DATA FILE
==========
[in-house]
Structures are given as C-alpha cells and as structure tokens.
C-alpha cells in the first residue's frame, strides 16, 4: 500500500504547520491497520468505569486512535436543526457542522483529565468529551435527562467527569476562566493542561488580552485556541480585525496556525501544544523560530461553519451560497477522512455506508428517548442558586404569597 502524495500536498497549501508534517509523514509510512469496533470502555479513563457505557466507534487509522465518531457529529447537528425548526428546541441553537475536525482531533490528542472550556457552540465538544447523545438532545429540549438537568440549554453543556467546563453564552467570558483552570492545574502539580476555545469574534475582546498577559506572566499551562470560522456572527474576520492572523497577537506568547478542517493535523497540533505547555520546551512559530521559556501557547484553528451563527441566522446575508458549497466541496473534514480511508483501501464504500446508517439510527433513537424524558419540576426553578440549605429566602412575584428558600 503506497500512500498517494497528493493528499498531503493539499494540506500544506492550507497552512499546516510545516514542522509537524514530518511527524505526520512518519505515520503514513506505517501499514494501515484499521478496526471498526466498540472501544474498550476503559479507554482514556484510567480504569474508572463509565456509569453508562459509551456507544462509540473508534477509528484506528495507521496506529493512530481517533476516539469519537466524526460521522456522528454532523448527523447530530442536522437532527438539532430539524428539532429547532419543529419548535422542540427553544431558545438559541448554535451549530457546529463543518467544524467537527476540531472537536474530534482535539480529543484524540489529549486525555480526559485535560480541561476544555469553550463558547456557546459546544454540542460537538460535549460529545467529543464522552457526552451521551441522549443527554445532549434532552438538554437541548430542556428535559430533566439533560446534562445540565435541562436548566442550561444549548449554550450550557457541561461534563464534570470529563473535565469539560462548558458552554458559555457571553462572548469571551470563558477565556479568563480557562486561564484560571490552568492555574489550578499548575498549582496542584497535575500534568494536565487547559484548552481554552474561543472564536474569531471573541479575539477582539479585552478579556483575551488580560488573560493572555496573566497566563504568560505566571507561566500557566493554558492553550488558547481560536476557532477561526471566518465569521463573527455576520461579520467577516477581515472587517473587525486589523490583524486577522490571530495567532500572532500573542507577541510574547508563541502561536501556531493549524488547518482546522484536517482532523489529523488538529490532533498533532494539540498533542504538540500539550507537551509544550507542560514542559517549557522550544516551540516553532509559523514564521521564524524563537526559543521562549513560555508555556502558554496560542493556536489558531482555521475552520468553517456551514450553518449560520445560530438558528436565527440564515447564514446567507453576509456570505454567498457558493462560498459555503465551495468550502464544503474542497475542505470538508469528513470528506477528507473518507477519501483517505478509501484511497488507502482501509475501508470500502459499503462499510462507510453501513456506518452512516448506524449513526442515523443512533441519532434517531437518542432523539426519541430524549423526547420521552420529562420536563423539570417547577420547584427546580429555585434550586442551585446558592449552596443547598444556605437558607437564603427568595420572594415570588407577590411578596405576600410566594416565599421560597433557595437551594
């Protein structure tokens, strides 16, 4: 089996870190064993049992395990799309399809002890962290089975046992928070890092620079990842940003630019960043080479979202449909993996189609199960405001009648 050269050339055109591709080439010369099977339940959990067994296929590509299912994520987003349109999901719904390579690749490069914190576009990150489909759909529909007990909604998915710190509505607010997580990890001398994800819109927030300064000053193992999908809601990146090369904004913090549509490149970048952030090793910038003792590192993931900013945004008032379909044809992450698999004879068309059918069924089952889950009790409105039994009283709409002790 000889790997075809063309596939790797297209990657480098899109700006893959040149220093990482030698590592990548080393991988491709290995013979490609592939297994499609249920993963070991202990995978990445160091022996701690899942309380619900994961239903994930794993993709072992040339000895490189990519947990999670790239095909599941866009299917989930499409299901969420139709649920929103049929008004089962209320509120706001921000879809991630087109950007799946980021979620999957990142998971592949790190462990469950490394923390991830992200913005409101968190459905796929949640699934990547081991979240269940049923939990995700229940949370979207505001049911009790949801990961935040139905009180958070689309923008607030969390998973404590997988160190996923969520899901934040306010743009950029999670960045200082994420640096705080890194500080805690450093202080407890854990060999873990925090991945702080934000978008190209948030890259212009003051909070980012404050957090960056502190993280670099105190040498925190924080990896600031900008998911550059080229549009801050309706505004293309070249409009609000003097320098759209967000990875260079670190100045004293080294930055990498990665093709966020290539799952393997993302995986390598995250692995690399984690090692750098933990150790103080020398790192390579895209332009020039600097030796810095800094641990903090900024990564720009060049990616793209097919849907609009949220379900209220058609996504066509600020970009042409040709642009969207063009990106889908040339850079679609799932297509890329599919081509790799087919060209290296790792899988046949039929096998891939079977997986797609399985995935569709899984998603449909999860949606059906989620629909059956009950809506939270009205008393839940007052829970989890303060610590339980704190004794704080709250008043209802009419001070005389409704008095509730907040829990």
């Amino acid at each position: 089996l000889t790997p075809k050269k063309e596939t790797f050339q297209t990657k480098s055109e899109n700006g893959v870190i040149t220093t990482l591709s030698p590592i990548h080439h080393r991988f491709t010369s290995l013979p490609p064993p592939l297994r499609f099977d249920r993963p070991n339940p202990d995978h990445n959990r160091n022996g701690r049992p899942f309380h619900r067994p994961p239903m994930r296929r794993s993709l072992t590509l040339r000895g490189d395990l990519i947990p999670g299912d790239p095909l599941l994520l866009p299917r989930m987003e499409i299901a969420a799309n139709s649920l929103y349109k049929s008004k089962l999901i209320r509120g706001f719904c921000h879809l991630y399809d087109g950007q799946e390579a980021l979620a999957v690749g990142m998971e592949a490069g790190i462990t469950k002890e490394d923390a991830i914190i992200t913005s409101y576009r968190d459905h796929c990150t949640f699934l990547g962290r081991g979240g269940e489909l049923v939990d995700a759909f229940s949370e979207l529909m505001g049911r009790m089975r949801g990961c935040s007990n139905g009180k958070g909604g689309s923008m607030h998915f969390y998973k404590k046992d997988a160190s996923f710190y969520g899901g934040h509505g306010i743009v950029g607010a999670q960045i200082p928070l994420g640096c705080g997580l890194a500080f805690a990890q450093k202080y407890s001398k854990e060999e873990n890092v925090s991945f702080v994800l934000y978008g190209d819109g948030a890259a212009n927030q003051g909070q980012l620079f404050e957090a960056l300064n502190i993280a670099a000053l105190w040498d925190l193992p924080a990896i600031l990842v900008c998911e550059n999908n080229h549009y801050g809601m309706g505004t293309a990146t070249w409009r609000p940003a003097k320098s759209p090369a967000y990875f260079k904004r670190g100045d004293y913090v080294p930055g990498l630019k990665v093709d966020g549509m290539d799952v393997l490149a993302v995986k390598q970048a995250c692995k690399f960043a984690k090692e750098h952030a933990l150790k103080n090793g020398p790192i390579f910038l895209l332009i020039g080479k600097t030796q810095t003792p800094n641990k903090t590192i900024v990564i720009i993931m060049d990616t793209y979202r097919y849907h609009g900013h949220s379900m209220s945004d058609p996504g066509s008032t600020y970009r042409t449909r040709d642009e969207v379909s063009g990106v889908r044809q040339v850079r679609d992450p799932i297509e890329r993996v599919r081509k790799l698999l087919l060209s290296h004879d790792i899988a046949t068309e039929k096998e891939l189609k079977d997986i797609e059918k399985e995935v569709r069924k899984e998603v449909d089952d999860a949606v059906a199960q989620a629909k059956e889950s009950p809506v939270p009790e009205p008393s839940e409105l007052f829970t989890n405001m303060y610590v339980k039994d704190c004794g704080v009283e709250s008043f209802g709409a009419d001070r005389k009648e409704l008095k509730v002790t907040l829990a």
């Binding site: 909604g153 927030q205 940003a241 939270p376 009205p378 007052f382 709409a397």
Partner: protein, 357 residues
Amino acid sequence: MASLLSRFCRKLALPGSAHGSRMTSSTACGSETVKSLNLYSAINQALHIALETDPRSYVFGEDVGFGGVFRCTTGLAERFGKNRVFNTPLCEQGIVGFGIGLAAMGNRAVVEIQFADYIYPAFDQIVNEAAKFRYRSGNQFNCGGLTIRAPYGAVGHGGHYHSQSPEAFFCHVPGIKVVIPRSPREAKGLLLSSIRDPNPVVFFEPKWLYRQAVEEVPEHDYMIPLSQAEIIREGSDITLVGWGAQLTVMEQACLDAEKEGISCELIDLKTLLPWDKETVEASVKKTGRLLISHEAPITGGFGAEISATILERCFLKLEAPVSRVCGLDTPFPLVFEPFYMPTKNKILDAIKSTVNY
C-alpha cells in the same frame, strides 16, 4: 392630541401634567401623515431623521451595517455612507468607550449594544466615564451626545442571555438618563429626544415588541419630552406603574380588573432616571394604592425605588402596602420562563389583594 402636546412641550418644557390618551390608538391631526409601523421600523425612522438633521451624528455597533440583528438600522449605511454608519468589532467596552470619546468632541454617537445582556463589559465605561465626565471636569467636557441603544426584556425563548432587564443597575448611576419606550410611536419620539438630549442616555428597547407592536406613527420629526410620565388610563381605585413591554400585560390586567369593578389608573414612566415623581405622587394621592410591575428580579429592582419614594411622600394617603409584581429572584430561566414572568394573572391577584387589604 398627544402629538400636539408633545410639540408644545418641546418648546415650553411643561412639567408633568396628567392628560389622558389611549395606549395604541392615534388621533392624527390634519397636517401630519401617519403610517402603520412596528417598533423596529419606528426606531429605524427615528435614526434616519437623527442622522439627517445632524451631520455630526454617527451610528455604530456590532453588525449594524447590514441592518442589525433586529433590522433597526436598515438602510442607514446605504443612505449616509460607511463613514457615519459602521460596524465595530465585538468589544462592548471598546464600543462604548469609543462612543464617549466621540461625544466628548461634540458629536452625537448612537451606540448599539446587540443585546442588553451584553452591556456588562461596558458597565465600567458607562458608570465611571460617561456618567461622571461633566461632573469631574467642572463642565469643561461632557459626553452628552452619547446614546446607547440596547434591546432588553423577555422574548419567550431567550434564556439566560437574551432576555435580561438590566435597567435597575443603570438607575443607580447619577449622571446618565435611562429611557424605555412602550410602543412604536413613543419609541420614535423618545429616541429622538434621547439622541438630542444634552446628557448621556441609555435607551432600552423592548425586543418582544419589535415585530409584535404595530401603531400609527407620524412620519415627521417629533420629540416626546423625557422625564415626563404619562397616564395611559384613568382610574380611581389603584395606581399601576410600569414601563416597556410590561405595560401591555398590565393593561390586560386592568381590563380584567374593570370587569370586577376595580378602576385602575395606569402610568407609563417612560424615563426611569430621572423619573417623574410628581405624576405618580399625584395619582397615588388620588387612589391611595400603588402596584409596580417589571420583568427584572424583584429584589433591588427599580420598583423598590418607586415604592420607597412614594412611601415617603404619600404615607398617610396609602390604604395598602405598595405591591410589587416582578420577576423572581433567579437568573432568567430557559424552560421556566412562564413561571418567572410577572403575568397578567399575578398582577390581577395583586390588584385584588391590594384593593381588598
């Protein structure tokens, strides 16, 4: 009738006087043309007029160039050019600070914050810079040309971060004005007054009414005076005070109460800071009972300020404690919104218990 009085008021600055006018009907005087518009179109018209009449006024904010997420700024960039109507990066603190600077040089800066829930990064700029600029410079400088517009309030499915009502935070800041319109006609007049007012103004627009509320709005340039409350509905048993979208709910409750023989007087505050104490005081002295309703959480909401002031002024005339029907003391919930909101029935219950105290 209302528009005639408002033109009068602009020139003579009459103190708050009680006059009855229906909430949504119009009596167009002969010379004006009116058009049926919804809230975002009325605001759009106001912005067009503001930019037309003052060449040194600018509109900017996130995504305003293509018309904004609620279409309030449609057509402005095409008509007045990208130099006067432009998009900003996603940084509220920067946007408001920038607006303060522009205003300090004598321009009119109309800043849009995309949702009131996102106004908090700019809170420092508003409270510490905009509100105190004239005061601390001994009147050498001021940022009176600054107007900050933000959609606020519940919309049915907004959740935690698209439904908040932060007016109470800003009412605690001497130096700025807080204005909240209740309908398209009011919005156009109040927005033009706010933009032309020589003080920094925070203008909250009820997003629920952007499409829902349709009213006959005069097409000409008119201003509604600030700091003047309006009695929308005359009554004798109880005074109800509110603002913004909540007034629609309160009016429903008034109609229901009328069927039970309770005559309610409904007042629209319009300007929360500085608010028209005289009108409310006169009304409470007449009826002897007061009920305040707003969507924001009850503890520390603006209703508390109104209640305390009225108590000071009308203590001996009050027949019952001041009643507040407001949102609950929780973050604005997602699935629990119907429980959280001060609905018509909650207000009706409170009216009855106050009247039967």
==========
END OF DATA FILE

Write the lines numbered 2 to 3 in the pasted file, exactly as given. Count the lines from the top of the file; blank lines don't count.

Structures are given as C-alpha cells and as structure tokens.
C-alpha cells in the first residue's frame, strides 16, 4: 500500500504547520491497520468505569486512535436543526457542522483529565468529551435527562467527569476562566493542561488580552485556541480585525496556525501544544523560530461553519451560497477522512455506508428517548442558586404569597 502524495500536498497549501508534517509523514509510512469496533470502555479513563457505557466507534487509522465518531457529529447537528425548526428546541441553537475536525482531533490528542472550556457552540465538544447523545438532545429540549438537568440549554453543556467546563453564552467570558483552570492545574502539580476555545469574534475582546498577559506572566499551562470560522456572527474576520492572523497577537506568547478542517493535523497540533505547555520546551512559530521559556501557547484553528451563527441566522446575508458549497466541496473534514480511508483501501464504500446508517439510527433513537424524558419540576426553578440549605429566602412575584428558600 503506497500512500498517494497528493493528499498531503493539499494540506500544506492550507497552512499546516510545516514542522509537524514530518511527524505526520512518519505515520503514513506505517501499514494501515484499521478496526471498526466498540472501544474498550476503559479507554482514556484510567480504569474508572463509565456509569453508562459509551456507544462509540473508534477509528484506528495507521496506529493512530481517533476516539469519537466524526460521522456522528454532523448527523447530530442536522437532527438539532430539524428539532429547532419543529419548535422542540427553544431558545438559541448554535451549530457546529463543518467544524467537527476540531472537536474530534482535539480529543484524540489529549486525555480526559485535560480541561476544555469553550463558547456557546459546544454540542460537538460535549460529545467529543464522552457526552451521551441522549443527554445532549434532552438538554437541548430542556428535559430533566439533560446534562445540565435541562436548566442550561444549548449554550450550557457541561461534563464534570470529563473535565469539560462548558458552554458559555457571553462572548469571551470563558477565556479568563480557562486561564484560571490552568492555574489550578499548575498549582496542584497535575500534568494536565487547559484548552481554552474561543472564536474569531471573541479575539477582539479585552478579556483575551488580560488573560493572555496573566497566563504568560505566571507561566500557566493554558492553550488558547481560536476557532477561526471566518465569521463573527455576520461579520467577516477581515472587517473587525486589523490583524486577522490571530495567532500572532500573542507577541510574547508563541502561536501556531493549524488547518482546522484536517482532523489529523488538529490532533498533532494539540498533542504538540500539550507537551509544550507542560514542559517549557522550544516551540516553532509559523514564521521564524524563537526559543521562549513560555508555556502558554496560542493556536489558531482555521475552520468553517456551514450553518449560520445560530438558528436565527440564515447564514446567507453576509456570505454567498457558493462560498459555503465551495468550502464544503474542497475542505470538508469528513470528506477528507473518507477519501483517505478509501484511497488507502482501509475501508470500502459499503462499510462507510453501513456506518452512516448506524449513526442515523443512533441519532434517531437518542432523539426519541430524549423526547420521552420529562420536563423539570417547577420547584427546580429555585434550586442551585446558592449552596443547598444556605437558607437564603427568595420572594415570588407577590411578596405576600410566594416565599421560597433557595437551594